Over the years, the family was able to purchase additional parcels of land adjacent to their property. With some 21 individual acquisitions, Cypress Bay now totals 958 acres in fee. (Skeet also leases another 2,250 acres of surrounding lands in order to carry out a broad wildlife management plan for white-tailed deer, wild turkey and common bobwhite.)

Because the plantation is a multiple-use tree farm, the first task after preparing the ground–using a combination of bush-hogging, thinning, burning, herbicide treatment, and disking–was to start replanting the forests. Relying almost entirely on their own labor, the Burris family has planted over 112,000 trees. The predominant planting of 108,600 trees has been Longleaf and Loblolly pines, the dominant trees of the Southeastern forest ecosystem and the valuable timber trees of the region.

However, as the plantation is also being used for hunting, hundreds of oak trees of five species have been planted for the mast crops, including 449 Sawtooth Oaks, a non-native species that is attractive, fast-growing, and a very early producer of acorns. Additionally, scores of ornamental and fruiting trees have been planted for aesthetic purposes and for game and non-game species.

As the existing forests were slowly placed under management, Skeet made a special effort to preserve all the native Live Oaks–the giant Spanish Moss-festooned trees of the antebellum South. This involved removing the competing trees, to “release” the oaks to grow into towering, stately trees. Smaller Live Oaks are moved out of the forests into open areas, wildlife plots, and roadsides.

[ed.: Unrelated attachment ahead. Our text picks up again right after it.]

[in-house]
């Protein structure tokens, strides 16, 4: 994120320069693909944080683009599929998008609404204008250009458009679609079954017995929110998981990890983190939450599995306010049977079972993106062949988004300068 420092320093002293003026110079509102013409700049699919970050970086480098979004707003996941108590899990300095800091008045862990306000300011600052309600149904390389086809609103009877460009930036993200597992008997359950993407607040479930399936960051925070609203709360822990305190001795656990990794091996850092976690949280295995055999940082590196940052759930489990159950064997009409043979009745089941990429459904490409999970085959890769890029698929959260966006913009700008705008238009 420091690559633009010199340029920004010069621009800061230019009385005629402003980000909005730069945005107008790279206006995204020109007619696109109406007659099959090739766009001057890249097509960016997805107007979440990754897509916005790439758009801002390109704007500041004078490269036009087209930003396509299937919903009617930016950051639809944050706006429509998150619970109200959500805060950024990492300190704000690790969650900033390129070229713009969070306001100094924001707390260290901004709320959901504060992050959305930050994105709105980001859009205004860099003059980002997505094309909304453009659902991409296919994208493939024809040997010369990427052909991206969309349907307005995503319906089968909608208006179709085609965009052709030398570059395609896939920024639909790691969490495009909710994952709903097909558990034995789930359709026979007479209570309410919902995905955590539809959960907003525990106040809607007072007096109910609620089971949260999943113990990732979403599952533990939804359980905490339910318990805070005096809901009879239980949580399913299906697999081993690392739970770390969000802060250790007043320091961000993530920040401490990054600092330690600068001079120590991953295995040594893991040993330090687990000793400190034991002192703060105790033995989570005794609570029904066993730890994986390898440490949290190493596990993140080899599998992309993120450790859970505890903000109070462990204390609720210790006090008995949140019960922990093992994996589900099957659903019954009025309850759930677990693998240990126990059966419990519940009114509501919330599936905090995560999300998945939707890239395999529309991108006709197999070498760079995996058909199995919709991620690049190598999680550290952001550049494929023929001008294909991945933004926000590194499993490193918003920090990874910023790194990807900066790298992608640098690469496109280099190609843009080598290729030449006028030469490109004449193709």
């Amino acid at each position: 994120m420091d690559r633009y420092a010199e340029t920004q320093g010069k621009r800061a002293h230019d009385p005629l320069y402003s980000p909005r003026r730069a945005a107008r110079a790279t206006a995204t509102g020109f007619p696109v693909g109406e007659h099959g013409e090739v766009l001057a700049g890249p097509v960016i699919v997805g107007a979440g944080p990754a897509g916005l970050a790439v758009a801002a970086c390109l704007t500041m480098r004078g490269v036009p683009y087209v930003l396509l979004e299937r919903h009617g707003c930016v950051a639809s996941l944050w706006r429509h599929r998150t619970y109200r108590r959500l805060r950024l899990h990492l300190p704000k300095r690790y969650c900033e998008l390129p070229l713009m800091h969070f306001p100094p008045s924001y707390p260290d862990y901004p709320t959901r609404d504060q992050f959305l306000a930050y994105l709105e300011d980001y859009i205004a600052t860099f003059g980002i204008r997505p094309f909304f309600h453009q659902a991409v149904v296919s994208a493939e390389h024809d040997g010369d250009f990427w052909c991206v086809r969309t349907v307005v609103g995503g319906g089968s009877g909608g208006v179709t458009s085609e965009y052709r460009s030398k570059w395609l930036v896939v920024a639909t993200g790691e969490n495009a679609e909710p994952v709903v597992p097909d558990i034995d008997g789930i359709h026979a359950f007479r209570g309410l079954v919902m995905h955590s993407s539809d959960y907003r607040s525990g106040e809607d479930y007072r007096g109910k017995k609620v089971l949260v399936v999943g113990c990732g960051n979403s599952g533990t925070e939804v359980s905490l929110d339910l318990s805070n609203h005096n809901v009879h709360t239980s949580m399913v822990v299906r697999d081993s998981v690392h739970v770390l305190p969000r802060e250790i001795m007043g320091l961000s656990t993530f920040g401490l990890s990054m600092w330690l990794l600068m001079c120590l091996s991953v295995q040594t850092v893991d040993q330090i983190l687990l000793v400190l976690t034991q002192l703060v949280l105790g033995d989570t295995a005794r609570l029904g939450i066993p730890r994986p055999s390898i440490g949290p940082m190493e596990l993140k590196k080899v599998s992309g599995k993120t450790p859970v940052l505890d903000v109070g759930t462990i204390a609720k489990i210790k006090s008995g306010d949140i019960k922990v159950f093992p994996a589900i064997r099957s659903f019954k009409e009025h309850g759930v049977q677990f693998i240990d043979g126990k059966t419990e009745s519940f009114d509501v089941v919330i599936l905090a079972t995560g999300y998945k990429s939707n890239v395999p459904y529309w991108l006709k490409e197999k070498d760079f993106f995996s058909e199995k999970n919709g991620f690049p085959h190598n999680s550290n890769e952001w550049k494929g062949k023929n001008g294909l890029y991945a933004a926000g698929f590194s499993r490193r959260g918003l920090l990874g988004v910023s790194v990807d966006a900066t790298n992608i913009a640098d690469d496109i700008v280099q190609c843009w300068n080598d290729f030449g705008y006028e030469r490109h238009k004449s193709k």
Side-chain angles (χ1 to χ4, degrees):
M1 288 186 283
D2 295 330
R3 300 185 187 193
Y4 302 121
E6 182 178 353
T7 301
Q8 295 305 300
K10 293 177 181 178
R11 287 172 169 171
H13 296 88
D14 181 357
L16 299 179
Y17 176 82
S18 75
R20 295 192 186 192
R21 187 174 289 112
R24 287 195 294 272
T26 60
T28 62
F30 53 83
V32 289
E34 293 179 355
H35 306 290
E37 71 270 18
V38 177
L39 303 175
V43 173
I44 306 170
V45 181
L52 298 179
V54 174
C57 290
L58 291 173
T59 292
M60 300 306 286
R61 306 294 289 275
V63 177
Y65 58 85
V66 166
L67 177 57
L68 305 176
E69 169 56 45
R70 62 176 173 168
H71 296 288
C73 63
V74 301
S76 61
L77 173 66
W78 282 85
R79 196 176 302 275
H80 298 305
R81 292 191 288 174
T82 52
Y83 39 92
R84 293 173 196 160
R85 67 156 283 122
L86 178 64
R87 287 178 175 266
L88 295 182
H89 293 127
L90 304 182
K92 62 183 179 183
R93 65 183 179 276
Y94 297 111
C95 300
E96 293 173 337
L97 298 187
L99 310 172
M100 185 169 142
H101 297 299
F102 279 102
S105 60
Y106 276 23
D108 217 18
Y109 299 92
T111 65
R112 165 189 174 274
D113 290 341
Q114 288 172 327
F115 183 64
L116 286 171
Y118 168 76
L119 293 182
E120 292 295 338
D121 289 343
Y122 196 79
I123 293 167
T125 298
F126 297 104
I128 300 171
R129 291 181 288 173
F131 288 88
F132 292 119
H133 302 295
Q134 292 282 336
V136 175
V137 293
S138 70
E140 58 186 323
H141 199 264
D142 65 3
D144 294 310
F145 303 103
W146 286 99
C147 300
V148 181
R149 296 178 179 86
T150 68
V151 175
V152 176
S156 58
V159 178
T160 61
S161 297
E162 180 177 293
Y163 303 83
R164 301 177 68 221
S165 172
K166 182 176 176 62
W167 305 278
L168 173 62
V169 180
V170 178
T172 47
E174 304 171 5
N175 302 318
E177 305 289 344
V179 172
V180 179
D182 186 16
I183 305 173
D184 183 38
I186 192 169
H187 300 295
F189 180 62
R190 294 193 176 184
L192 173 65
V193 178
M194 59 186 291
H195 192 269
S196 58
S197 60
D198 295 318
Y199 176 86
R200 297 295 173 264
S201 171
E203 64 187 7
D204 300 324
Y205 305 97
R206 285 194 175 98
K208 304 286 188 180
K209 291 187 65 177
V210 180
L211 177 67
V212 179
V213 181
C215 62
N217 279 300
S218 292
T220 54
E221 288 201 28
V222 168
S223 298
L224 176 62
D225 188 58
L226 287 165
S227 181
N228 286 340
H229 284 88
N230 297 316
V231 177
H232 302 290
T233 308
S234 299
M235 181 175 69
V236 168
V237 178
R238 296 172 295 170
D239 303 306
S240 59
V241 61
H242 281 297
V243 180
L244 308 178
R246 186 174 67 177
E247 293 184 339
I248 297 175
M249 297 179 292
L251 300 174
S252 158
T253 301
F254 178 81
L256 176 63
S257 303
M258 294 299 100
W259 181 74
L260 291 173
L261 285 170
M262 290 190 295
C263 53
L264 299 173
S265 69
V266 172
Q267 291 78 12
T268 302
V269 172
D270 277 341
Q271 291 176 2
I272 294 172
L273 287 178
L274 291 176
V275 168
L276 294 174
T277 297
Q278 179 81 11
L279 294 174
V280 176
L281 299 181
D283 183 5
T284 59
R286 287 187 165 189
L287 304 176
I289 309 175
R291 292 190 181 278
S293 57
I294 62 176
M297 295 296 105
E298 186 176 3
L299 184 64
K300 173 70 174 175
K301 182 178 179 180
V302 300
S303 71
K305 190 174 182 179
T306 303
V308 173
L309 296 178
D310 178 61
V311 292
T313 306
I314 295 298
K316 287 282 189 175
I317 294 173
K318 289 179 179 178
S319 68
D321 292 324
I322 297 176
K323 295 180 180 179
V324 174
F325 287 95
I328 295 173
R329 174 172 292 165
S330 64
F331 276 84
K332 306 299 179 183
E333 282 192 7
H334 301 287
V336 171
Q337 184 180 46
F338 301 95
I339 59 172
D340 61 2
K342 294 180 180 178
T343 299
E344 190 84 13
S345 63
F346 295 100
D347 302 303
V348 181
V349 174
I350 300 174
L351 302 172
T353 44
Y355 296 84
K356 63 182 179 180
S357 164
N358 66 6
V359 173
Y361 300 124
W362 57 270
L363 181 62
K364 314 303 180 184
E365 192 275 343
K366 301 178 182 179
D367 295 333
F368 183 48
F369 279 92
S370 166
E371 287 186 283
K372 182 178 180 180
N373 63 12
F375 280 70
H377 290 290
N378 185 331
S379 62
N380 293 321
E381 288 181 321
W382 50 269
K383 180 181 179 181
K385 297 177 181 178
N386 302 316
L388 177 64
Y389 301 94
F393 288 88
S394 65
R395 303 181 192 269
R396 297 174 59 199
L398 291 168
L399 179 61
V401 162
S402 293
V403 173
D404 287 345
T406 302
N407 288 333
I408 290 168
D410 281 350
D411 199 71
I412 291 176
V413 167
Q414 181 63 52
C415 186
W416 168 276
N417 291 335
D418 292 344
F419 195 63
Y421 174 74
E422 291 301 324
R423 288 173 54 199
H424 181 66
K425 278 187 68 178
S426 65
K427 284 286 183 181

Wildlife and Beauty Hand-in-hand

There was no water on the property. To increase diversity and especially the wildlife and aesthetic values, 50 acres of ponds have been constructed, including fish ponds, greentree reservoirs, and seasonally planted and flooded duck ponds. Some 4,400 majestic Bald Cypress have been planted around and through the greentree reservoirs and along some of the smaller ponds, where they serve as shelter for wildlife and add beauty to the plantation.

In between the pine and oak woods, as well as the natural mixed pine-hardwood stands, a wide variety of wildlife food plots, firebreaks, and wildlife corridors have been created. Depending on what they are planted with, they can serve all those purposes.

A wide array of productive grasses, forbs, and shrubs are planted, as are grains, corn, and sunflowers to feed game and non-game species.

From the beginning, Skeet Burris has coordinated his efforts with a number of private wildlife associations. Joining the South Carolina Waterfowl Association’s Wood Duck project, he has erected 34 Wood Duck nestboxes, which are producing around 200 ducklings a year. Their Mallard project has released over 650 ducks, hoping to take shooting pressure off the migratory waterfowl that winter in the area. And Charlie and a local Beaufort County Boy Scout troop placed 20 bluebird boxes, which have produced over 100 young Eastern Bluebirds. Other birds have benefitted from the nest box program, with successful nestings of Hooded Mergansers, Eastern-Screech Owls, and Great Crested Flycatchers in the large boxes, and House and Carolina wrens and Prothonotary Warblers (the bird that was the undoing of Alger Hiss) in the small boxes. Skeet also erected a Purple Martin condominium by the large fish pond near the cabin, taking advantage of the birds’ voracious appetite for mosquitoes.